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St Oliver Plunkett

Saint Oliver Plunket was born in Loughcrew, county Meath, in 1629.

Oliver's youth was spent in the upheaval of the rebellion against Charles I, where his family of the noble gentry class supported the prerogative of the King, and sought freedom for the Irish.

He was sent at 16 to Rome to be instructed with four others under Fr. Pierfrancesco Scarampi, and Oratorian of well known respect. After completing his studies, St. Oliver was subsequently ordained, and due to the strife of Ireland, was appointed to and maintained the chair of Theology at the College de Propaganda Fide for 12 years.

At this time, Edmund O'Reilly, the Archbishop of Armagh and primate of Ireland, spent only two of his twelve years in his See, spending the rest in exile in France. When he died in 1669, St. Oliver was consecrated to take the place of O'Reilly. He ventured to England, spending time hidden in the company of the almoner of Charles II, a Dominican. From there he arrived in Dublin in 1670.

Within three months, he had convened a synod, exacted two ordinations, and administered the Sacrament of Confirmation for 10000 souls - with still easily 50000 eligible for confirmation after. Politics would soon interrupt his reforms, as a dispute arose over the primacy of his See in Ireland. He insisted the primacy of the See of Armagh held juridictional oversight of the other Sees, but the others felt it was a titular position, and therein lies the strife.

Archbishop Plunket also had numerous religious and political battles: laxity amongst clergy and laity; conflicts between Ordered clergy, and the secular clergy and friars; installation of Jesuits to teach children and seminarians; oppression by Protestant civil authorities; the heresy of Jansenism influencing clerics and laity; and all this with a lack of the funds necessary to administer the See.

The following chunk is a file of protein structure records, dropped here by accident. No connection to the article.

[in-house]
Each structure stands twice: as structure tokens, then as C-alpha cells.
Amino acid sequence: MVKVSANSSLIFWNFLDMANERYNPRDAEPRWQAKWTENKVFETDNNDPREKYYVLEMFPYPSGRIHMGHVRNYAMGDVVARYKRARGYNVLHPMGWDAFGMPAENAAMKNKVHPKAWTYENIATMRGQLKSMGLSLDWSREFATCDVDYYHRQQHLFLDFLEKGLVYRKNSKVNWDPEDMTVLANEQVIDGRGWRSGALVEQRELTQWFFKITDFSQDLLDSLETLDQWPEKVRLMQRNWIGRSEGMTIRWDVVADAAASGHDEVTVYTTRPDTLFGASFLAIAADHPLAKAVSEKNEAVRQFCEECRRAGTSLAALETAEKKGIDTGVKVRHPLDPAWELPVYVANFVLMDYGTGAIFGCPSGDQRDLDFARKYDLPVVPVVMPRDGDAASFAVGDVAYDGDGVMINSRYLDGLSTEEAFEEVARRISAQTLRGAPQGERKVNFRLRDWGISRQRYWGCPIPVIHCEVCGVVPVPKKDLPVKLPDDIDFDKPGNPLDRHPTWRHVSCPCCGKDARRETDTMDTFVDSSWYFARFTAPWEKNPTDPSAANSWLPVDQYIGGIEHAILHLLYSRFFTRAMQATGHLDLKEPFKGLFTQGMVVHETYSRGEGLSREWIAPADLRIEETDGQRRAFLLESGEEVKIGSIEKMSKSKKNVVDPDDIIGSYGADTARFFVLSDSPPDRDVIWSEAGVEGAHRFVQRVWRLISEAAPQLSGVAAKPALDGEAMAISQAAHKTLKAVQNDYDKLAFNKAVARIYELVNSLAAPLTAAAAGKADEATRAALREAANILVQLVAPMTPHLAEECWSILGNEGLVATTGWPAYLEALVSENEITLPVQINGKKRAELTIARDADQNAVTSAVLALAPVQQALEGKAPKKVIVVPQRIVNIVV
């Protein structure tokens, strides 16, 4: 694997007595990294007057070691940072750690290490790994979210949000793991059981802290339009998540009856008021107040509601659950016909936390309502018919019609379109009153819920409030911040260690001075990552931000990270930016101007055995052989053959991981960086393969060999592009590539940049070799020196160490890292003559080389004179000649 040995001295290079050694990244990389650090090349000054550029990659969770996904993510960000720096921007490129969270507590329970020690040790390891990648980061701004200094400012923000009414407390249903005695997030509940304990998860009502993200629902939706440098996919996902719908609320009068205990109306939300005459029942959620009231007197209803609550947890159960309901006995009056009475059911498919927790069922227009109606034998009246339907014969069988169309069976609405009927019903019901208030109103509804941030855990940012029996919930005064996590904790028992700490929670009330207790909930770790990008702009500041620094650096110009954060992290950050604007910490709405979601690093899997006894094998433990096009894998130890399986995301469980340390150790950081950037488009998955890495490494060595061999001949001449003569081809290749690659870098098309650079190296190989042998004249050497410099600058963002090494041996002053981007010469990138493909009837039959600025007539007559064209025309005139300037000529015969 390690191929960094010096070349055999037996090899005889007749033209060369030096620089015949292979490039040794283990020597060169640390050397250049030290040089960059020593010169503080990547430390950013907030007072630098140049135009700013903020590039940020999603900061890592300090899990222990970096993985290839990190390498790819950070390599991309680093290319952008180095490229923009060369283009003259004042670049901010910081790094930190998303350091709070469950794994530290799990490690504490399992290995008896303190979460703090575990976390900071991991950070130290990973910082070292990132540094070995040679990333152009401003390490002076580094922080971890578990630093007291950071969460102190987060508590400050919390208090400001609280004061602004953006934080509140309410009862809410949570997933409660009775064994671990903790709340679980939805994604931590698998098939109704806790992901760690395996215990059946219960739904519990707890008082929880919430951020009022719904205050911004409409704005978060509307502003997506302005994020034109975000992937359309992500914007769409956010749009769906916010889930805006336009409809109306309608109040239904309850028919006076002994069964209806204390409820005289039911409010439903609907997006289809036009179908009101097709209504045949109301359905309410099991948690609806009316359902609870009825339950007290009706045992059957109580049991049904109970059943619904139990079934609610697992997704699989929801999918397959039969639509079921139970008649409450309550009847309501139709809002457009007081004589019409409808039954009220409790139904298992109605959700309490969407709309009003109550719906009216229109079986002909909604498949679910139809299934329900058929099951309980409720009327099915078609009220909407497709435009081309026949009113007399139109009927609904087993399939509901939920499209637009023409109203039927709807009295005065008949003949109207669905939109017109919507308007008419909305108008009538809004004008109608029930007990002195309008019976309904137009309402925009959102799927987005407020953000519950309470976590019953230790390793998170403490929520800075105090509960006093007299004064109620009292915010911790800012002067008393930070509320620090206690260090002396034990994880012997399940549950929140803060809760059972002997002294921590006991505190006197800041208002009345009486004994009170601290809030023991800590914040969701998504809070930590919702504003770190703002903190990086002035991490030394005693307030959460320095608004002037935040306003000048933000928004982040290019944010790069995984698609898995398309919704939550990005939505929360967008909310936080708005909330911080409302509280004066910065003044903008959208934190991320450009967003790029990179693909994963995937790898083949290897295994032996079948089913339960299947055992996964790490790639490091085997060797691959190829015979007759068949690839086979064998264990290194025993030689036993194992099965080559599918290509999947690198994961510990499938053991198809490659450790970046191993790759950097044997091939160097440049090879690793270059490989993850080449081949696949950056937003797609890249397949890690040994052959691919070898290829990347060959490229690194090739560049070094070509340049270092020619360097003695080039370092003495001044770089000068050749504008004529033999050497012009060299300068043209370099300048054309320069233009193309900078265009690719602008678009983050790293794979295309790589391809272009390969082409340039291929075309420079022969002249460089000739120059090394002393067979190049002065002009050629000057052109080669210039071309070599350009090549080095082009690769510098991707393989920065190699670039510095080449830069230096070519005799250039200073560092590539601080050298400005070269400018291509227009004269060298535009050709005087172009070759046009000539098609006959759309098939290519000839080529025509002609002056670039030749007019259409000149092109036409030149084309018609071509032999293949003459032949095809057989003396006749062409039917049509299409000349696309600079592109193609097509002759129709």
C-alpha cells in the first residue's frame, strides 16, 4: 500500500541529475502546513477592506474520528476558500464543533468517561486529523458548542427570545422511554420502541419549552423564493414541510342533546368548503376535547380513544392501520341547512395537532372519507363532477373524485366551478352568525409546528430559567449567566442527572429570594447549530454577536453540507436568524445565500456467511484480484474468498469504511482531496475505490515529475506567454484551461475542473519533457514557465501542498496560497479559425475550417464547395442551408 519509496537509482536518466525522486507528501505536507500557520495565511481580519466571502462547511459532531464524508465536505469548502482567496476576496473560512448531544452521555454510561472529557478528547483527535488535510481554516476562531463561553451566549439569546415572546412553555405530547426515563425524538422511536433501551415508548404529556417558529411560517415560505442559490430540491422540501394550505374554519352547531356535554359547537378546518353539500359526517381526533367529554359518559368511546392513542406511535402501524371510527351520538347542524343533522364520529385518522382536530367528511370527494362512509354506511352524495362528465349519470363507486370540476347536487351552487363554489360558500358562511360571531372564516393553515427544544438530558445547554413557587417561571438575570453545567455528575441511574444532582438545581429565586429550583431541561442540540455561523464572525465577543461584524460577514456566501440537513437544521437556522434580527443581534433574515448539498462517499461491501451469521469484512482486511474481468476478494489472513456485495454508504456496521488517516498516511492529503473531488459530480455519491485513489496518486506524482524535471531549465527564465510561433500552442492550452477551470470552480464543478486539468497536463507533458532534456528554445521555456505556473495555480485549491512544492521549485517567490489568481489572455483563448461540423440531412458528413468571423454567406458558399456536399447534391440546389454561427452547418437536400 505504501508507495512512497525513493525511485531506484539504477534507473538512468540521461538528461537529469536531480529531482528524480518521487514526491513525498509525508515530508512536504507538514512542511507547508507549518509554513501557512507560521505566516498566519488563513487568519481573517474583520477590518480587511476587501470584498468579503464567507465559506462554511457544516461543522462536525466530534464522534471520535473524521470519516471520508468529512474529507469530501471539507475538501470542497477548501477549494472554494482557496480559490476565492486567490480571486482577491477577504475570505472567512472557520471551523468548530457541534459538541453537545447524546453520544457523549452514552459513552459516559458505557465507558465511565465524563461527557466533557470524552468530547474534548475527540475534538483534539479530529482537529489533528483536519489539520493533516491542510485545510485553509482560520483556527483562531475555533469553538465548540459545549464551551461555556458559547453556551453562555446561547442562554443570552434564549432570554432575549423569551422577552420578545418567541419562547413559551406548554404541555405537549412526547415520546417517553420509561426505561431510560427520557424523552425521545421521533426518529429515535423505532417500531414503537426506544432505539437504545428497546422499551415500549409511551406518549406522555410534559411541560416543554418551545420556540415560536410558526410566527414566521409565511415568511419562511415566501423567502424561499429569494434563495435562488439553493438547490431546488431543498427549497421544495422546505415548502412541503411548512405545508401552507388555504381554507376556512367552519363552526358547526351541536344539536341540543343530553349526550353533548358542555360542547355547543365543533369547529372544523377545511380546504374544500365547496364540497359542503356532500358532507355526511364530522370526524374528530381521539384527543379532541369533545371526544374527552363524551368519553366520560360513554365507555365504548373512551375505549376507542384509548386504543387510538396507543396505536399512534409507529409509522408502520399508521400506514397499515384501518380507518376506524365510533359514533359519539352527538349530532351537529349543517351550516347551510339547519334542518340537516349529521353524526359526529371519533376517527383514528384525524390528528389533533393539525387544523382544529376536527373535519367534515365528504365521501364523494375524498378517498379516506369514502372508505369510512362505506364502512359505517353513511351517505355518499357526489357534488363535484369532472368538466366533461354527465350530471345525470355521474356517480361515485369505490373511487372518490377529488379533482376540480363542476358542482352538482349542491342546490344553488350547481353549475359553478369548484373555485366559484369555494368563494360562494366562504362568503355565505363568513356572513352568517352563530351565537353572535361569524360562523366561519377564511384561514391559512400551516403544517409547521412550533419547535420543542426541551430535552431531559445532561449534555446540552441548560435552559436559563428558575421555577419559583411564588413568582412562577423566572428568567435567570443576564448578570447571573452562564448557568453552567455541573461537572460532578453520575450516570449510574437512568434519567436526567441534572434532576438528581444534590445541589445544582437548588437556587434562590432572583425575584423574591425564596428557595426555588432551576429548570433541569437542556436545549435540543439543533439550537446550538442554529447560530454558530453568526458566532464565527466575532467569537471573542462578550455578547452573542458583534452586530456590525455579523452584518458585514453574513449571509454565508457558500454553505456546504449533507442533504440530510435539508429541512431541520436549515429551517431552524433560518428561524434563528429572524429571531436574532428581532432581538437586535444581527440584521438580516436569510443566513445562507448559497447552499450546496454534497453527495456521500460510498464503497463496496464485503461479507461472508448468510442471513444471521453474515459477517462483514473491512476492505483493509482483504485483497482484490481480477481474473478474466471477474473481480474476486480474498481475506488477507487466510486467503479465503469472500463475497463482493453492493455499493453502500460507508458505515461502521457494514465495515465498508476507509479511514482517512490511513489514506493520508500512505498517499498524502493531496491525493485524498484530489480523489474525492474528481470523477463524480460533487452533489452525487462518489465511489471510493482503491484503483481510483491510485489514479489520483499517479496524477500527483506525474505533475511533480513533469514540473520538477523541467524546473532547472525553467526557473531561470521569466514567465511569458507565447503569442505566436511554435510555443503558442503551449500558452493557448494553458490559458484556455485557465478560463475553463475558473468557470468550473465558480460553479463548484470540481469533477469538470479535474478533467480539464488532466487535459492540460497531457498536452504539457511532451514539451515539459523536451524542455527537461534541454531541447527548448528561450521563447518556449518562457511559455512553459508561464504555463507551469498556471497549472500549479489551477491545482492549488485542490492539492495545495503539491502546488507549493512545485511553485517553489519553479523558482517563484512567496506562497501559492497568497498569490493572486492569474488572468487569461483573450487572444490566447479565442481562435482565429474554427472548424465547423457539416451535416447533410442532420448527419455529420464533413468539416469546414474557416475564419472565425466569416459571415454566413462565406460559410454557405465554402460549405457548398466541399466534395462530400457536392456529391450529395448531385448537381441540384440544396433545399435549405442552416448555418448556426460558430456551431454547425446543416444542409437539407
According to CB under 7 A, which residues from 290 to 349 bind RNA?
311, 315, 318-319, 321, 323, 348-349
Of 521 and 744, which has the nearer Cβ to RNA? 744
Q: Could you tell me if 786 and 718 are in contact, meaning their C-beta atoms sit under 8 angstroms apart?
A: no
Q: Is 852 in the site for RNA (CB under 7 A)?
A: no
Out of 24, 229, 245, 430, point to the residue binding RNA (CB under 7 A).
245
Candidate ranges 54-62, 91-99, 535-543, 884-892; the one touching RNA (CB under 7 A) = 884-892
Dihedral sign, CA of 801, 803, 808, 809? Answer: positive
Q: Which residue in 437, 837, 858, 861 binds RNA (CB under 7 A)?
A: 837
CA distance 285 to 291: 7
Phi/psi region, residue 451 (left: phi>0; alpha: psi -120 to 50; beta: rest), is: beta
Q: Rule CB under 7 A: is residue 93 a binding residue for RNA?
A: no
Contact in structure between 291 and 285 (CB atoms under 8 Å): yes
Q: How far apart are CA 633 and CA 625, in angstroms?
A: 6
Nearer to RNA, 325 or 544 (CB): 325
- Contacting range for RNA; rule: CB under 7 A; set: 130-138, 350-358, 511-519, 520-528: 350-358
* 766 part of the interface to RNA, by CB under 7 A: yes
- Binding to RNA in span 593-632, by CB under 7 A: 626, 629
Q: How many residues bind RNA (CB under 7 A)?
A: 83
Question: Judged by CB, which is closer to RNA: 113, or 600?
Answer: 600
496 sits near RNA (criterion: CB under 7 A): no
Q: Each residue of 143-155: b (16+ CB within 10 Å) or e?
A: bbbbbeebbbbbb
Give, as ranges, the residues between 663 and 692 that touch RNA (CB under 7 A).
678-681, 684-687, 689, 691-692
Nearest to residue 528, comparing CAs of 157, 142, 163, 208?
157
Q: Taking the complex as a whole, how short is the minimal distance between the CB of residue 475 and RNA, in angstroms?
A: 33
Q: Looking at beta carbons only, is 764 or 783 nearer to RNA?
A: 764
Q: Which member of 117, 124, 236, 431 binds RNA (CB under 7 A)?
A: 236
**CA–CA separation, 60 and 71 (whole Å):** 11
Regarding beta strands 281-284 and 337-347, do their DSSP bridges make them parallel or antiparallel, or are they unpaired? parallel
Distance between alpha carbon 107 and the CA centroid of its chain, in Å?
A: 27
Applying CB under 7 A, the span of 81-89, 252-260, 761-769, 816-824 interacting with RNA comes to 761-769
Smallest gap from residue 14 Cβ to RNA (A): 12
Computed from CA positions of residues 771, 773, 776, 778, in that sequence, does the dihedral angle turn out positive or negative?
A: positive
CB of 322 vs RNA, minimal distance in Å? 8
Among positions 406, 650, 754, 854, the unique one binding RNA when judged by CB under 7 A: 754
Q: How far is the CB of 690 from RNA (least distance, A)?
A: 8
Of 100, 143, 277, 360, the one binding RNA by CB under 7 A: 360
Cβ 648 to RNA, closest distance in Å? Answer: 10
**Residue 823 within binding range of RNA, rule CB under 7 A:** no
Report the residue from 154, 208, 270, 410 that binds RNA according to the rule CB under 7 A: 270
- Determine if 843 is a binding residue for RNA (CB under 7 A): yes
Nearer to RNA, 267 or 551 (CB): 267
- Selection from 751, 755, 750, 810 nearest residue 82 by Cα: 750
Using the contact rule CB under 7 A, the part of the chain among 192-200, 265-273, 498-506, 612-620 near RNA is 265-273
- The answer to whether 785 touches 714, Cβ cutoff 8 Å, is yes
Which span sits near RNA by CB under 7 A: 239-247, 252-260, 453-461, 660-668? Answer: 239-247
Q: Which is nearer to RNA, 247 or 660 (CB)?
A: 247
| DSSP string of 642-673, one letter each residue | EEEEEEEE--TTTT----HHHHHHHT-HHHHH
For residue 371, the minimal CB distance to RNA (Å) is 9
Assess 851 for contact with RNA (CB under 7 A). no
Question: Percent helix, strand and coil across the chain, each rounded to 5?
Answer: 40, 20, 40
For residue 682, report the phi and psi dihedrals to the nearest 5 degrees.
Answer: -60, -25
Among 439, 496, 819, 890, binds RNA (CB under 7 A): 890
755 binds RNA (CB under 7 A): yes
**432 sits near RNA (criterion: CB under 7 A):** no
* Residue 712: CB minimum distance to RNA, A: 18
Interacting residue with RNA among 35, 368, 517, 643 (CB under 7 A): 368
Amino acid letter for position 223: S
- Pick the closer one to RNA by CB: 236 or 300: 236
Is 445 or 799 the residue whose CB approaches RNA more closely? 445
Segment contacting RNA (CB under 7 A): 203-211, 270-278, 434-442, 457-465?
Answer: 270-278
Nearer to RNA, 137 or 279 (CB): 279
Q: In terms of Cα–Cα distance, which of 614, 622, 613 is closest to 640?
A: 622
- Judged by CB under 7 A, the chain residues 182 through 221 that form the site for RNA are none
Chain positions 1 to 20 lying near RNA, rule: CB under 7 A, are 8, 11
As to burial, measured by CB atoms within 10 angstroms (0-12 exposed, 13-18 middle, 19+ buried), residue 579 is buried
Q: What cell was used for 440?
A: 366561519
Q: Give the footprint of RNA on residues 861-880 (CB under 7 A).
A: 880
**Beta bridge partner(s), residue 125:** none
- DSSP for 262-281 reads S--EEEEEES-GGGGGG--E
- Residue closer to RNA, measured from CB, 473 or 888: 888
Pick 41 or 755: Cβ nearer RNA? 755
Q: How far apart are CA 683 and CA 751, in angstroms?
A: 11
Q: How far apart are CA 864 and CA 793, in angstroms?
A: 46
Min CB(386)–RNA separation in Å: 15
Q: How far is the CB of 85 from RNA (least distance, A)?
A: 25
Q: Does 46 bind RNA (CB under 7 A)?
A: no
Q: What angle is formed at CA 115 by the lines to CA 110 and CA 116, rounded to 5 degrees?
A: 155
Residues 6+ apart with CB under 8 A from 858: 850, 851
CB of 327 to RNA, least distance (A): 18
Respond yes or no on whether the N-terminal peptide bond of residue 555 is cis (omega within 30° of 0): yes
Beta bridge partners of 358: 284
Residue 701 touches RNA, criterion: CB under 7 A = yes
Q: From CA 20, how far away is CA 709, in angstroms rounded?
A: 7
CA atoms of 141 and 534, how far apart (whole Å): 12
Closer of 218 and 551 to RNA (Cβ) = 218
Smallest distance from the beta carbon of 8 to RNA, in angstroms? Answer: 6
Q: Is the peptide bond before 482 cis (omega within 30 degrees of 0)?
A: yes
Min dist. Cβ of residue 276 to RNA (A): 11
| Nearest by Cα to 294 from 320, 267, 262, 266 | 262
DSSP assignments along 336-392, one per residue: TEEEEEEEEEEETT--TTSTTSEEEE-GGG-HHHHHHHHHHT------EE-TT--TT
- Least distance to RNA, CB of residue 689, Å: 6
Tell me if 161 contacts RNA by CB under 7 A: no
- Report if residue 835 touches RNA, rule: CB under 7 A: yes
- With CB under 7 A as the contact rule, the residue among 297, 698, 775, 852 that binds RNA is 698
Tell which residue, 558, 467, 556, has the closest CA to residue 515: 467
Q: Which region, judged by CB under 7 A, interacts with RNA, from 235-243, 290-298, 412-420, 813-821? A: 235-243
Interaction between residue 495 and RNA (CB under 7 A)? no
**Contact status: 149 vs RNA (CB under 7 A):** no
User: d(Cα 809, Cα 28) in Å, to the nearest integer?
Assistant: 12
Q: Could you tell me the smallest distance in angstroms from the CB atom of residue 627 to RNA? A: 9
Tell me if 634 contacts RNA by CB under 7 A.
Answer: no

King Charles II began another round of persecution in 1673, and most Bishops were forced to flee or go into hiding, with St. Oliver in the latter category. The hiding was made worse by the presence of a group of schismatic or quasi-schismatic Catholics. In 1678, the Oates Plot was executed. All bishops and clerics were expelled from Ireland.

An expelled Franciscan and an excommunicated priest snitched out our saint in London. He was arrested and put in Dublin prison. When the obviously false assertions (he was supposedly "attempting" to bring 40000 French soldiers into secure the popish plot) of his captors failed to materialize, St. Oliver was transferred to London. There he was dubiously convicted of his crimes.

On the first of July, 1681, Saint Oliver Plunket was before a crowd that pleaded for his innocence, and prayed for him and his enemies. He was hung, disimbowelled, and quartered. His relics were buried in London, but ultimately ended up in several locations throughout Ireland.

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